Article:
James Woods, Sonja Smits, Deborah Harry, Peter Dvorsky, Leslie Carlson, Jack Creley
Max Renn (James Woods) is a sleazy cable TV producer who discovers a snuff broadcast called “Videodrome” while researching new show ideas. Videodrome turns out to be real footage and when Max’s girlfriend goes missing while looking for the shows source, he must fight his way through his own mind to find the truth behind the bizzare video transmissions.
When watching any movie made by David Cronenberg, you have to expect bizzare. The film has a decent story and the general feel of the film (although ridiculously dated) still manages to get its message through… IF you can imagine a world where videotapes are sent like emails and broadcast TV is like the internet.
Besides the odd future that Cronenberg had imagined, the film delivers it’s views on human nature, sex, politics and technology without falling into arthouse pretention, although for most viewers it will require more than one viewing to fully appreciate it’s depth, as the plot can get lost as your focus shifts to the film’s crazier moments. Also, some will find the ending hard to decipher due to it’s sudden change in pace over the last 20 minutes.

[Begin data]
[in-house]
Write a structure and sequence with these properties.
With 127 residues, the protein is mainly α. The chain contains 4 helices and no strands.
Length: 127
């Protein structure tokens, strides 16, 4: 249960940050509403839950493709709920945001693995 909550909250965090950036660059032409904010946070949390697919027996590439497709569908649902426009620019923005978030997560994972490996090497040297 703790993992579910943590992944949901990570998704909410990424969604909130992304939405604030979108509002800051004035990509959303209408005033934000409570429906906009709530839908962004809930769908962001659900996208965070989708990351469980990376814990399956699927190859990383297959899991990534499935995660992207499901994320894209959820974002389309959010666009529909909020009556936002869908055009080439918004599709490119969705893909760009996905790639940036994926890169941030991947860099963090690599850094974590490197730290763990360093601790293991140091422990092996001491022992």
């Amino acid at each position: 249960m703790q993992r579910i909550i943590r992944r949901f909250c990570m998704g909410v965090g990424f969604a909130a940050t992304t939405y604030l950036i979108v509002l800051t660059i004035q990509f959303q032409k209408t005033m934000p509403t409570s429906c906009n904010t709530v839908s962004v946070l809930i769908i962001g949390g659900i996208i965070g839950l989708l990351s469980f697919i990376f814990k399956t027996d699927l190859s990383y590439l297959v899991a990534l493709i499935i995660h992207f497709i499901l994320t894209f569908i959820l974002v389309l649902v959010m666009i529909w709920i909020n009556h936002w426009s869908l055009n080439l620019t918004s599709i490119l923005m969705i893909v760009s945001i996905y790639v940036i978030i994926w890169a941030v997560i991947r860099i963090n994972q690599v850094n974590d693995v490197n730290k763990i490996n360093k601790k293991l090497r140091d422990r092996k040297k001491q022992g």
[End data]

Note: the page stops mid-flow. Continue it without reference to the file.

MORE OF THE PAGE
Brilliant. The gore mostly comes quite suddenly and unexpectedly, adding to it’s shock value and is done in the way only Cronenberg does gore. No CGI or cutaways, just well made models and buckets of fake blood and body parts. Expect many cringe-worthy hard to watch moments.
James Woods is really at his best here. His descent into the world of Videodrome is never lost, even with some dated effects, due to his complete devotion to the role. The man does creepy fast talking excecutive like no one else ever could and his sliminess can almost be felt through the screen. A special mention goes out to Deborah Harry who plays Max’s kinky girlfriend, she is smouldering with sexuality every moment she is on camera and really helps sell some of the films more surreal moments.
Most of the films best moments are best left a surprise, but I will say keep an eye out for stomach vaginas, a literal “hand gun” and a new meaning to “loving your TV.”
This film is a hard sell to those without an open mind. I do not recommend it to those with a weak stomach or those with a dislike for the perverse and though it may not be the controversial film it was in 1983, it will still weird out even the more desensitised members of the current generation. The film truly defines surrealism and will keep even the most avid of film watchers guessing to it’s very intense finish.
A must own for any fans of surrealist film or Cronenberg in general.
Buy Videodrome – Criterion Collection at Amazon